I was a little late to the Harry Potter bandwagon. Everyone around me seemed to be reading them in middle school, so naturally, I avoided them. I’ve always been reluctant to jump on the really shiny bandwagons. I was late to the Game of Thrones party, too, and Dresden and Hunger Games and Firefly and Buffy…and now I’m in danger of losing my nerd card. Sometimes, when I do get on board, the thing fails to meet my expectations (see: Twilight) and then I get to sit up on my highest of horses and say “I told you so” in the singsong-iest of voices.

Sometimes, though, I end up kicking myself for not joining sooner. I felt that way about Harry Potter. I finally got the books at the start of high school, right before the first movie was about to come out. I remember Barnes & Noble was having a sale of the first two books in paperback so I shrugged and figured “what the heck?” If I ended up hating them, I’d only be out a few bucks.

I finished Sorceror’s Stone that same day.

I gleefully dove headfirst into the world JK Rowling had created. I finished the first three books in a matter of weeks. I explored the world of online fandom on MuggleNet and The Leaky Cauldron under the handle CaputDraconis (10 house points if you know the reference). I slowly savored Goblet of Fire as I had learned that the fifth book had no publishing date in sight. I’m a visual thinker so I spent a lot of time getting the perfect mental image of Gryffindor common room, the Great Hall, of Harry, Ron, and Hermione and all the characters. Once the movie came out, I spent a lot of time scrutinizing the casting choices. Harry’s eyes looked too blue, Ron wasn’t tall enough, Dudley wasn’t blond – I had a bone to pick with them all. Except for one: Alan Rickman as Severus Snape.

Alan Rickman perfectly matched my mind’s eye of Snape, but he still managed to change the way I understood the character. In the books, a lot of of Snape’s dialogue ends with exclamation points, which I naturally interpreted as shouting. Alan delivered those same words in that trademark baritone and gave them whole new meaning. In the later films, he managed to steal scenes with just a single word. One of my favorite bits of Harry Potter and the Order of the Phoenix is during the montage of Umbridge’s slow creep takeover of Hogwarts. He answers her question with a simple “Obviously,” but he drawls it out, dripping with impatience, disgust, and condescension. Even his body is radiating disdain even as he hardly moves, doesn’t face her, and heck, his mouth barely opens. I had to find the clip online because describing it doesn’t do it justice.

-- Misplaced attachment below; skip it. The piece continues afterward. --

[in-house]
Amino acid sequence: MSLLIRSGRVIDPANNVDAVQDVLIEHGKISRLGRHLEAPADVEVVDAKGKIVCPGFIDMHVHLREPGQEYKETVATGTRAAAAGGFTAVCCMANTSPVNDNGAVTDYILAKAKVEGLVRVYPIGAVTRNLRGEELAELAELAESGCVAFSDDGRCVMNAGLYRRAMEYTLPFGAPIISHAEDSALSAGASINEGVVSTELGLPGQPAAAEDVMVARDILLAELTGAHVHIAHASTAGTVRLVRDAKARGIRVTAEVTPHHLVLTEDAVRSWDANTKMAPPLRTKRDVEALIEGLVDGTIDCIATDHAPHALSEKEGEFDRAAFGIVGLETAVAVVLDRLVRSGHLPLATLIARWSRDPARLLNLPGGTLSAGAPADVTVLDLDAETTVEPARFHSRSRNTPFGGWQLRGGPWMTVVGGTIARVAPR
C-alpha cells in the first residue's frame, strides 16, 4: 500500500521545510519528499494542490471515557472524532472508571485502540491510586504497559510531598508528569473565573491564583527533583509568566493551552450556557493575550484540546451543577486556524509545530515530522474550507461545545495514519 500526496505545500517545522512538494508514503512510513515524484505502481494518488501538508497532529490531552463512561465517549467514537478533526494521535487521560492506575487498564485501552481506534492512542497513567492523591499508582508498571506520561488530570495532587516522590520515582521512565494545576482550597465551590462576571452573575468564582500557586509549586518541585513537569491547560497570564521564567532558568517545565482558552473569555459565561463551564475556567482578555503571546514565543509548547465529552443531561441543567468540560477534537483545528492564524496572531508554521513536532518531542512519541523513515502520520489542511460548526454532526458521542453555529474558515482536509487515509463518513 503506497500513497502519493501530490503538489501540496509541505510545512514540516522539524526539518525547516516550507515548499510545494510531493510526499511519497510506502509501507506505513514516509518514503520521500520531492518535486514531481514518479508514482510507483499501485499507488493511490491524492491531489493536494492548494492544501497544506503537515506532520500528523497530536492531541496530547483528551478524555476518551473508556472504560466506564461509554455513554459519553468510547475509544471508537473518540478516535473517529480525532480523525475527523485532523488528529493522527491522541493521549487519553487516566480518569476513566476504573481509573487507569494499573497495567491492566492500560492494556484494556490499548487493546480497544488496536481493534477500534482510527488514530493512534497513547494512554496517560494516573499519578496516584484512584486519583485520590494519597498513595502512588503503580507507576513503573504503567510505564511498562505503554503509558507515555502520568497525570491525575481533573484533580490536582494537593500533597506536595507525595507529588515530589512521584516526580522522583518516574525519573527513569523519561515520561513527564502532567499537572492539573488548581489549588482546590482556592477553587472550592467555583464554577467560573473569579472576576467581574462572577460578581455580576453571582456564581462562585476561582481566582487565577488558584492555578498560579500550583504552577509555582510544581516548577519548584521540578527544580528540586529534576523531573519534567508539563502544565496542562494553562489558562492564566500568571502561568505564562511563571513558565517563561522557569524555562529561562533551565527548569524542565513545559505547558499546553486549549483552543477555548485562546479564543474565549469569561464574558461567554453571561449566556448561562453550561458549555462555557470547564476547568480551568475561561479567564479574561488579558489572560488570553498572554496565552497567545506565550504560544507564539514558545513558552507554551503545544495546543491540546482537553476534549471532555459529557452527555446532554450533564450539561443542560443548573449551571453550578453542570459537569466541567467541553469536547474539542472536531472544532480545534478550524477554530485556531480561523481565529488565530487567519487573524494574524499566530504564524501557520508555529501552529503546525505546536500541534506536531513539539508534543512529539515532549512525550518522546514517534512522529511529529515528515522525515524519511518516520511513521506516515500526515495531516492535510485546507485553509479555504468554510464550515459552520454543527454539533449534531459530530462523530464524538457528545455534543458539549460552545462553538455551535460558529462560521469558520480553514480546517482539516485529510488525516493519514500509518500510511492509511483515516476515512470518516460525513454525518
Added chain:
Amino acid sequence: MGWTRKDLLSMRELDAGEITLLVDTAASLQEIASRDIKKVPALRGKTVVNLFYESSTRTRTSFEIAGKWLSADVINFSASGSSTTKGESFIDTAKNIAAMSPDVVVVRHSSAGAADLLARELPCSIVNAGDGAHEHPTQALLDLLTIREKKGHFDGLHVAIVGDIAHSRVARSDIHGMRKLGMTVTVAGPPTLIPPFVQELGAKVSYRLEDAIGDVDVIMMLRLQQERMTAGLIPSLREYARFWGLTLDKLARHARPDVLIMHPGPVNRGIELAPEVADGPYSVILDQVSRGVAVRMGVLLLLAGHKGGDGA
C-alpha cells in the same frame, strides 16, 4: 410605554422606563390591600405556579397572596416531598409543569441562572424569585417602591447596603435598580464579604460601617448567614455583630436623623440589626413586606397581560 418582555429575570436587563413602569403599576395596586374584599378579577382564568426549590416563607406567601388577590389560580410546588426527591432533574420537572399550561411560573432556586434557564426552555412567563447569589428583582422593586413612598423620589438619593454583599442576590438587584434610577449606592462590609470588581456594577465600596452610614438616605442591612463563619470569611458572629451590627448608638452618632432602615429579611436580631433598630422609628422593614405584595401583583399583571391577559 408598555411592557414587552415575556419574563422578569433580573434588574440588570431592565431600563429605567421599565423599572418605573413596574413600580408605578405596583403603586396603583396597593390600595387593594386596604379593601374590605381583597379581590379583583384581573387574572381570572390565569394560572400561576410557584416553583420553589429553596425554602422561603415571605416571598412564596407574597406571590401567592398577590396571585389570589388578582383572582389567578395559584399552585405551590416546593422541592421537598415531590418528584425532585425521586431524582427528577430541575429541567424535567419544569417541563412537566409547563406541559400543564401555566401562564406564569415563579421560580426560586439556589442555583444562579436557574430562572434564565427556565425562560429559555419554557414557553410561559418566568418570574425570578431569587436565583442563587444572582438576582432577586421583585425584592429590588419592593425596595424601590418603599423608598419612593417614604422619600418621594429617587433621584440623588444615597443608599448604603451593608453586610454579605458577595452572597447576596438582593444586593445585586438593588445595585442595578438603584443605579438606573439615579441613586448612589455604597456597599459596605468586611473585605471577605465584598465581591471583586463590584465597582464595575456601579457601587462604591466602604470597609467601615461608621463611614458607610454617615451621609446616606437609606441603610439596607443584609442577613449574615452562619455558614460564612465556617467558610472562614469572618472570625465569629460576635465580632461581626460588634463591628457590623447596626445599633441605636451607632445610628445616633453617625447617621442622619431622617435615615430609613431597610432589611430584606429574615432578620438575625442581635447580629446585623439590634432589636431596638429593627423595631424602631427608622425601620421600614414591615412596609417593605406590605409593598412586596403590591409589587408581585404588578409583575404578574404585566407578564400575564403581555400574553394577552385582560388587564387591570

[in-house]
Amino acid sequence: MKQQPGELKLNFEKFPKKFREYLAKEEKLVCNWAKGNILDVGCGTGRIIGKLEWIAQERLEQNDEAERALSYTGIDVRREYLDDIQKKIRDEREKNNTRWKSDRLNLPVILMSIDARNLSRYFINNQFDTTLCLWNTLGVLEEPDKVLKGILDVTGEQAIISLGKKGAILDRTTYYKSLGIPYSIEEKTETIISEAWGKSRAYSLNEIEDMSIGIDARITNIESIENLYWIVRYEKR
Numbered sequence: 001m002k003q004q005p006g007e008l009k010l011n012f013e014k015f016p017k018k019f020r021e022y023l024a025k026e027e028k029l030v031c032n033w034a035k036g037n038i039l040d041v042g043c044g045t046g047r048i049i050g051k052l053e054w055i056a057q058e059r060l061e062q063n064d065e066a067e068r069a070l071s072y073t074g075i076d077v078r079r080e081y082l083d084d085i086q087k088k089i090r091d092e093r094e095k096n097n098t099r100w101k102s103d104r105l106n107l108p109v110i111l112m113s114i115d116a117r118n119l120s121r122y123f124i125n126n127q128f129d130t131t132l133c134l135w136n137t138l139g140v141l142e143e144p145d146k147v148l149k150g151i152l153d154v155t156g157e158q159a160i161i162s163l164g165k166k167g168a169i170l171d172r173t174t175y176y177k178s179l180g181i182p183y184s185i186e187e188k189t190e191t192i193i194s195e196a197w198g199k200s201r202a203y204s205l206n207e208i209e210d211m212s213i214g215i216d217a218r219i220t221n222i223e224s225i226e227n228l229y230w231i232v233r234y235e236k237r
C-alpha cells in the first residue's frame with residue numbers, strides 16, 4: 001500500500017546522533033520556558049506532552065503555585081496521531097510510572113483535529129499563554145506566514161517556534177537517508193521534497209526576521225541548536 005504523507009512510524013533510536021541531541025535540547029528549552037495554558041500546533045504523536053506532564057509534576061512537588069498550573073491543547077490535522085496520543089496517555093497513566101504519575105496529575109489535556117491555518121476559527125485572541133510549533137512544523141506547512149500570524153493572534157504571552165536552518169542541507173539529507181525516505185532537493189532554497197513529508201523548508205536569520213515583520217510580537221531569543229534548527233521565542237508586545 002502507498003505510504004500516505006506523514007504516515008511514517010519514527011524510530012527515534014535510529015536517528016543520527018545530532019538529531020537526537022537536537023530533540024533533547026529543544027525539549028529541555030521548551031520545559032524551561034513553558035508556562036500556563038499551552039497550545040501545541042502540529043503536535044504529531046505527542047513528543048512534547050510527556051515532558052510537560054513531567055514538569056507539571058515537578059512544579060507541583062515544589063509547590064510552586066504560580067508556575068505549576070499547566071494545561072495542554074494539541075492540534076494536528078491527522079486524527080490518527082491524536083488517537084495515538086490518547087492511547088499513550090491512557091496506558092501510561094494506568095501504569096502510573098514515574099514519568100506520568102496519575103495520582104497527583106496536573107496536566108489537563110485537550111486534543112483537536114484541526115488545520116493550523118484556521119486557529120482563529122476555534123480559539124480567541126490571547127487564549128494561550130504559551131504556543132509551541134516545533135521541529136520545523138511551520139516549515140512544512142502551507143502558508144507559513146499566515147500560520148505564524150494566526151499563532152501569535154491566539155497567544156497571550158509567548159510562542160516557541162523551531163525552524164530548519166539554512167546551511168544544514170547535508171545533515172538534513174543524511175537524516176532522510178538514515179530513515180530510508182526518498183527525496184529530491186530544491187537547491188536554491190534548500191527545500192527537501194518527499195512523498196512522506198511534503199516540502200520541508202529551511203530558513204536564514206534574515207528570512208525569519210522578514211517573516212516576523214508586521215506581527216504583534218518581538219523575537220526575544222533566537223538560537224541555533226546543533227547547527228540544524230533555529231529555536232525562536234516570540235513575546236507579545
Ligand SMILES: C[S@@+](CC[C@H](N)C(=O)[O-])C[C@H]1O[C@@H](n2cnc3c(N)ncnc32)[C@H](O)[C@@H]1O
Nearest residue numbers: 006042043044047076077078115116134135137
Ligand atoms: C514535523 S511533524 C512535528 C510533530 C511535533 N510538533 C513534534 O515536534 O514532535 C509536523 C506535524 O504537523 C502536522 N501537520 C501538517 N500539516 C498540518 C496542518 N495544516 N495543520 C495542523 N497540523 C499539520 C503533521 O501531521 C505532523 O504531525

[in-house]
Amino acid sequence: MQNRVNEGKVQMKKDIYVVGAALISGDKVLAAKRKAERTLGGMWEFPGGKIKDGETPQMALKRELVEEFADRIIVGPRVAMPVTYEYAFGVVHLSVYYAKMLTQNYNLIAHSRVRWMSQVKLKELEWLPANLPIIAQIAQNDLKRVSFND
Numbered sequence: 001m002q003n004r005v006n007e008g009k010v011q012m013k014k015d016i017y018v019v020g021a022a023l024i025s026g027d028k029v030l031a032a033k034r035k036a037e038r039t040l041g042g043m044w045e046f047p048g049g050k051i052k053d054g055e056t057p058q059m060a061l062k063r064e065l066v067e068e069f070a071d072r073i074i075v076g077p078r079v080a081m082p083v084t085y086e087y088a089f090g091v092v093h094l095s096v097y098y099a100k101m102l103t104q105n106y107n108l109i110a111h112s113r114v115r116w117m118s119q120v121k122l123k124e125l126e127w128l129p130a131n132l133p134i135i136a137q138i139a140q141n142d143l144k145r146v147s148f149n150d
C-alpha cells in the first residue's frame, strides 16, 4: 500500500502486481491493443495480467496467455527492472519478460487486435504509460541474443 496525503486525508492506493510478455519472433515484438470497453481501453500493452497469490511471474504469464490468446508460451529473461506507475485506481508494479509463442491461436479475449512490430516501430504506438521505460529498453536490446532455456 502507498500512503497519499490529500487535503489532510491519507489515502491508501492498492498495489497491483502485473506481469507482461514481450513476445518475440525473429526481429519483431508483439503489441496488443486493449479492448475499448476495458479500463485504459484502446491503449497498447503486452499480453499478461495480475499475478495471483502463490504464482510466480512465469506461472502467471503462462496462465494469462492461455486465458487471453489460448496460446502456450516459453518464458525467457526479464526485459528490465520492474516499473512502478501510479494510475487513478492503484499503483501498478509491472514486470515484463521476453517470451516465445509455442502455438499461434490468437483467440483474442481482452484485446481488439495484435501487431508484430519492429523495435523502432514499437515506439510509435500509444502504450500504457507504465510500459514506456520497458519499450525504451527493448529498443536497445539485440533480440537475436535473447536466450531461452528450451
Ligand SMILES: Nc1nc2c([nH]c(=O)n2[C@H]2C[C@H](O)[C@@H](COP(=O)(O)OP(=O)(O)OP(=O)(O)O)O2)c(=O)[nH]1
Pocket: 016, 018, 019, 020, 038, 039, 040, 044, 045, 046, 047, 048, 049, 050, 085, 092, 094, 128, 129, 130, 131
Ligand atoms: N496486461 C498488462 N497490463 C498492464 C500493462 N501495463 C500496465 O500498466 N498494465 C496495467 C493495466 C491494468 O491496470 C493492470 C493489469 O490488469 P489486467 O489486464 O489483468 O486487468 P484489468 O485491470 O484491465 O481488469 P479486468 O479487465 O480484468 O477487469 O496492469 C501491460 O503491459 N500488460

For years, I was a card-carrying member of the “Snape is Evil” camp. I mean, the man KILLED DUMBLEDORE. (If that was a spoiler, then you really just shouldn’t be reading this blog. I mean, at all.) I was so sure that he was Team Voldemort, I made an embarrassingly profane Facebook page asserting my claims. Once Facebook opened up to the internet public outside its original college base, I had to beg the admins to take it down. Anyway, I had pages and pages of evidence from the books supporting my side. There was, however, a single image which kept a small flicker of doubt alive in my mind.

It was Alan-as-Snape jumping in front of the trio to block them from Lupin the werewolf in the third movie. This scene never occurred in the books yet it seemed so deliberate. Why do something so wildly out of character…unless it wasn’t? Turns out, it wasn’t. I was wrong. Snape wasn’t exactly one of the good guys, but he certainly wasn’t evil.

Fans will remember Alan Rickman for so many of his roles: Colonel Brandon, Hans Gruber, Metatron, the Caterpillar, Alexander Dane, Harry, Judge Turpin, the list goes on. For me, he will always stand out as Severus Snape and one of the best cinematic and literary examples of the power of enduring love.

This is why we’re fans. This is why we’re nerds. This is why we make up screen names, join forums, learn made-up languages, and buy t-shirts with catchphrases. We latch onto those moments of storytelling which tell us something meaningful – something that gives us hope and inspiration for how the world could be. We are grateful to the writers who create those stories for us and to the actors who bring them to life. Thank you, Mr. Rickman, for giving this gift to the nerds.